Like many other aspects of our lives in 2020, Dana Hall’s beloved Revels tradition will be very different when it premieres on video for a world-wide audience on Friday, December 18. While much will necessarily change from the usual Bardwell performance, much will remain the same. The Class of 2022’s Revels will have the same royal and rabbler characters, the same basic plot, the same solstice themes, and, of course, much joyful singing, dancing, jesting, and revelry. The talents and resilience of the Junior Class will be on display, as they play their parts without the traditional costumes. The skills of their classmates offscreen, who will perform technical wizardry in production and editing, will also be exceptional. It will forever be a Revels to remember.
The long history of Revels is a striking example of how a tradition can remain strong and reverential to its antecedents, while also introducing new material, and updating scenes and characters for a contemporary audience. Of course, the Dana Hall community nearly a century ago could not have imagined an all-video remotely performed show, and this is more than just a “tweak” to the tradition.
The Revels tradition was born on December 10, 1921, when the annual pre-Christmas Party was replaced by a pageant written by English teacher Constance Alexander. She titled her play “Saint Francis Keeps Christmas at Greccio, 1223,” and it was first performed in the Dana Main gymnasium. The setting is a medieval banquet hall with the lord and lady of the manor entertaining family and guests. Outside a group of cold and hungry villagers gathers to lament their absence from the merriment and feasting within.
For almost 80 years the scenes and characters in this part of the play, also including a Lame Boy, a Well Boy, a Jester, a Lord of Misrule, minstrels, foresters, and a procession of cooks remained nearly the same. We believe the entire script was used for several decades. Even today the dialogue in the opening scene is still exactly as written by Miss Alexander, and the presentation of the cooks’ feast to Sir John also typically follows the 1921 script. But the later part, introducing Saint Francis, a monk, and Jesus as a baby in a manger, was dropped at an unknown date. We do know from photographs that as early as 1935 Revels included a mummers play with a brave knight and a fearsome dragon.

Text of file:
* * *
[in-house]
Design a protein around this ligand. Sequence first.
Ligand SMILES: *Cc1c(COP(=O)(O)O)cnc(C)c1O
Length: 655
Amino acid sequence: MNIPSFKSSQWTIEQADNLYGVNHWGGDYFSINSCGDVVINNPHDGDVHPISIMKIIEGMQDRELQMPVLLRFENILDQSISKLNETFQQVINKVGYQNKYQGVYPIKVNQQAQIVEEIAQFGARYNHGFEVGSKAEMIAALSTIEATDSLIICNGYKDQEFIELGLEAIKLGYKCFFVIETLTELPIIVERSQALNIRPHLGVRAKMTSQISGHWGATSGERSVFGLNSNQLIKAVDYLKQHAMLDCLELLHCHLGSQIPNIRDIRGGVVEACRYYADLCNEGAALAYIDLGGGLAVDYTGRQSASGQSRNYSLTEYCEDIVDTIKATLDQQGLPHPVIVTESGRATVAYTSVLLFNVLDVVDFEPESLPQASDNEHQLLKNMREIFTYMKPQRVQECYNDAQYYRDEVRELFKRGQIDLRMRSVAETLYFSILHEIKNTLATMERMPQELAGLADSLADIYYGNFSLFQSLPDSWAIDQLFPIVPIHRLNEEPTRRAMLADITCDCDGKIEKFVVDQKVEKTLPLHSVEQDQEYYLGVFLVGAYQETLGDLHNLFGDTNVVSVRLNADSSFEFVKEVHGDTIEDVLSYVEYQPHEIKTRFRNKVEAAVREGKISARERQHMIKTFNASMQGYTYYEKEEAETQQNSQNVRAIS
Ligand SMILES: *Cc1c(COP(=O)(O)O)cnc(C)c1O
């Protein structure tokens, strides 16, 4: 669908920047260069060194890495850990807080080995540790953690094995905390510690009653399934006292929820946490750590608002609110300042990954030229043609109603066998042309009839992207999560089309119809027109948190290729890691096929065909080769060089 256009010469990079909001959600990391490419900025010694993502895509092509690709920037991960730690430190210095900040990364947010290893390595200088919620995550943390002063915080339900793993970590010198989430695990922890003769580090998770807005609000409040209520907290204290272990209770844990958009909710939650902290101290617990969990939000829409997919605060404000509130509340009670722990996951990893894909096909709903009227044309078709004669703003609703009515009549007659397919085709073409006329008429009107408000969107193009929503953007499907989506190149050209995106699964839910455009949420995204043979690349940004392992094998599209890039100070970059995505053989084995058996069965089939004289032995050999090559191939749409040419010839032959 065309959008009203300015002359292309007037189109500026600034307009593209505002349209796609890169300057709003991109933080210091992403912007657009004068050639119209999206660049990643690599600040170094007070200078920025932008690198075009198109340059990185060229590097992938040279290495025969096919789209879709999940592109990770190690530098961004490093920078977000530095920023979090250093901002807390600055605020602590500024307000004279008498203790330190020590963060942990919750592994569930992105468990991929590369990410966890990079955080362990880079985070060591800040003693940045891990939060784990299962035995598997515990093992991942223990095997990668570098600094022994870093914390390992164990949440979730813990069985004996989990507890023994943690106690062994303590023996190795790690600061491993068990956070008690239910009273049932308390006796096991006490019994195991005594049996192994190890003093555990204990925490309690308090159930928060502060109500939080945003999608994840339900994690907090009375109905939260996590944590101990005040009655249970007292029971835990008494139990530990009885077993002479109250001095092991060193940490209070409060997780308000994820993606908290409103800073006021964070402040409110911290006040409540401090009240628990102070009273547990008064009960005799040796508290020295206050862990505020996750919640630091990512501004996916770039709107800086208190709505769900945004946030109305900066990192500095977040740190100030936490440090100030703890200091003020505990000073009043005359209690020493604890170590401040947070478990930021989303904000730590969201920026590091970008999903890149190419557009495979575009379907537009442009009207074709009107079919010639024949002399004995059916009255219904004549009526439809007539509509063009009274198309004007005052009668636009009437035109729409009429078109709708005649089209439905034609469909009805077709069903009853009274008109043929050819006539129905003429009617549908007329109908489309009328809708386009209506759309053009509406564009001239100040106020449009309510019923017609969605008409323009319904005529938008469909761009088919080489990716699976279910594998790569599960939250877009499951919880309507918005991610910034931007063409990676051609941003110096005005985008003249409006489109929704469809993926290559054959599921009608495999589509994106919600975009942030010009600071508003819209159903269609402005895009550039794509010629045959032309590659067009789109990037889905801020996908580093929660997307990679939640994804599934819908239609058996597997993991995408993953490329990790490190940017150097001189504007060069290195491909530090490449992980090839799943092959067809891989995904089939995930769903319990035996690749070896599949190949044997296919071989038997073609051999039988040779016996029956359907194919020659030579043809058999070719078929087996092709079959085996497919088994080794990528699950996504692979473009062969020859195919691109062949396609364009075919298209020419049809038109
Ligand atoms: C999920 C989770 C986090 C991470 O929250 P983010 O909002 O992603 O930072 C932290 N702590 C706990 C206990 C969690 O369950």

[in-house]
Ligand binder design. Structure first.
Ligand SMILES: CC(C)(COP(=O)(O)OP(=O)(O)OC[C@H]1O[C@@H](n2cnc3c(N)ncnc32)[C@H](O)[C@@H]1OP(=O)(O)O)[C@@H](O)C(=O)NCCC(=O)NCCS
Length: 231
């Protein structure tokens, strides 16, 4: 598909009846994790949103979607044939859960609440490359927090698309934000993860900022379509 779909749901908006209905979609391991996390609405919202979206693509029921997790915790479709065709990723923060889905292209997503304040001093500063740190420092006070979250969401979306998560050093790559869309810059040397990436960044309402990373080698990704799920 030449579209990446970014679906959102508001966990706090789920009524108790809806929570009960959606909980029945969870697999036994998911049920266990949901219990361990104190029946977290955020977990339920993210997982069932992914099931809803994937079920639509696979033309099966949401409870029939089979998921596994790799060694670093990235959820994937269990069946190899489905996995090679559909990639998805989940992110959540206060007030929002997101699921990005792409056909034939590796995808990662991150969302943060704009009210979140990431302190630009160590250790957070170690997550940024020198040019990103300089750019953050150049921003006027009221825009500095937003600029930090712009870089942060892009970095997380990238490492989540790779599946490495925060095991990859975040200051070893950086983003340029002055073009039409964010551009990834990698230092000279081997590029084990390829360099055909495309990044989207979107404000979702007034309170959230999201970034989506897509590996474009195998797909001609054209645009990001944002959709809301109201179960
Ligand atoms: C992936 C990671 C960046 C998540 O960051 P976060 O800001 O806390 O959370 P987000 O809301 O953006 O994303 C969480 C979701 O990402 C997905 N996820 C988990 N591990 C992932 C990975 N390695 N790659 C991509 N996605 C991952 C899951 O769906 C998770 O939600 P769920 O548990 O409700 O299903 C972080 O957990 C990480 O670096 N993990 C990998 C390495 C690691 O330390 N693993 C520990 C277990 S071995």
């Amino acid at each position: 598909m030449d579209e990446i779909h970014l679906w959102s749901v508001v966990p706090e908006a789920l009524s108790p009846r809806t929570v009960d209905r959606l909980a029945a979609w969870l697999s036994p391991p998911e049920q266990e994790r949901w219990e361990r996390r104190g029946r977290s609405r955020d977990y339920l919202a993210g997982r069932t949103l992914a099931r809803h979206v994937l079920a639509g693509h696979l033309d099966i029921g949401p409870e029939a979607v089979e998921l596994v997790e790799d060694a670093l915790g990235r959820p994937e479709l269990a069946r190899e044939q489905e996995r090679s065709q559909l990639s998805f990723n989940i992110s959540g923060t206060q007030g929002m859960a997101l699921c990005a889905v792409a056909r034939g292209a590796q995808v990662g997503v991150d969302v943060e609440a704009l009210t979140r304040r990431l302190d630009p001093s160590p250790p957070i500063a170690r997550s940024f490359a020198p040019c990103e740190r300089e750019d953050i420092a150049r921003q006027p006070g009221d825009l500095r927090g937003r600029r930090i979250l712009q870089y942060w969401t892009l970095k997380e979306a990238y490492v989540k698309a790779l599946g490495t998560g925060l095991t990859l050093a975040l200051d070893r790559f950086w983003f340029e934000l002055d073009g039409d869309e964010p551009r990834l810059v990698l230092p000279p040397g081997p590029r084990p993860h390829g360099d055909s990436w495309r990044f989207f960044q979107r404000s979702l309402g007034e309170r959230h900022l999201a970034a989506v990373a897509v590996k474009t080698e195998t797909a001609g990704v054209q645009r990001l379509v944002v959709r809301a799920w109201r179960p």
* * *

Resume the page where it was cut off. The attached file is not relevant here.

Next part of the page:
Many other changes to Revels have occurred over the years. For example, the performance was not always a class tradition. The 1921 production included faculty and friends, and many students from all three of Helen Temple Cooke’s Schools – Pine Manor, Dana Hall and Tenacre. For decades the Senior Class President was the Lord of Misrule, and other seniors had key roles. Archives research leads us to believe that it was sometime in the 1960s that Revels became the special tradition of the 11th grade.
Major thematic modifications came more recently. In December 1993, in a preface to the program, Head of School Blair Jenkins explained the new emphasis on Winter Solstice themes. It was an effort to be more inclusive of a diversity of cultures by de-emphasizing Christian references. Songs from other faith traditions were introduced, and a staff recitation of the poem “The Shortest Day” by Susan Cooper became a highly anticipated part of the Revels performance.
Over the years there were character changes too. The original script had few female characters and none with important roles. (Of course, the actors from the start were almost all female.) Gradually more female characters were added, and some male characters were made female. In December 2012 the program officially listed a “Lady of Misrule.” A few years earlier the “Lame Boy” lost his crutch and he and the “Well Boy” were given the names Timmy and Harry in the script.
Also evolving was the menu the cooks prepared for the feast. Early on it seems that a medieval menu was served. Later, the fare was roast beef with Yorkshire pudding, and the traditional Revels dessert was plum pudding. That changed for several decades to Baked Alaska. At some point the feast occurred after the show and had a more modern menu. The banquet itself was discontinued in 2010. For the last 10 years Revels has ended with the favorite “Tradition Cake,” and sparkling cider, heralding the start of Winter Break.
With these and many other changes over the years, archivists and student researchers are still uncovering facts and details on the history of Dana Hall’s December celebrations. But one aspect of Revels has remained constant: the Dana Hall community comes together to celebrate the spirit of good fellowship and the turning of the year. A quote from the 1925 Class Book page says it best: “[And] so another link …[is] wrought in the chain of memories that binds our hearts to Dana for all time.”
We look forward next week to the Class of 2022’s interpretation of Revels, and we are grateful to them for helping us end a difficult year on a joyful note.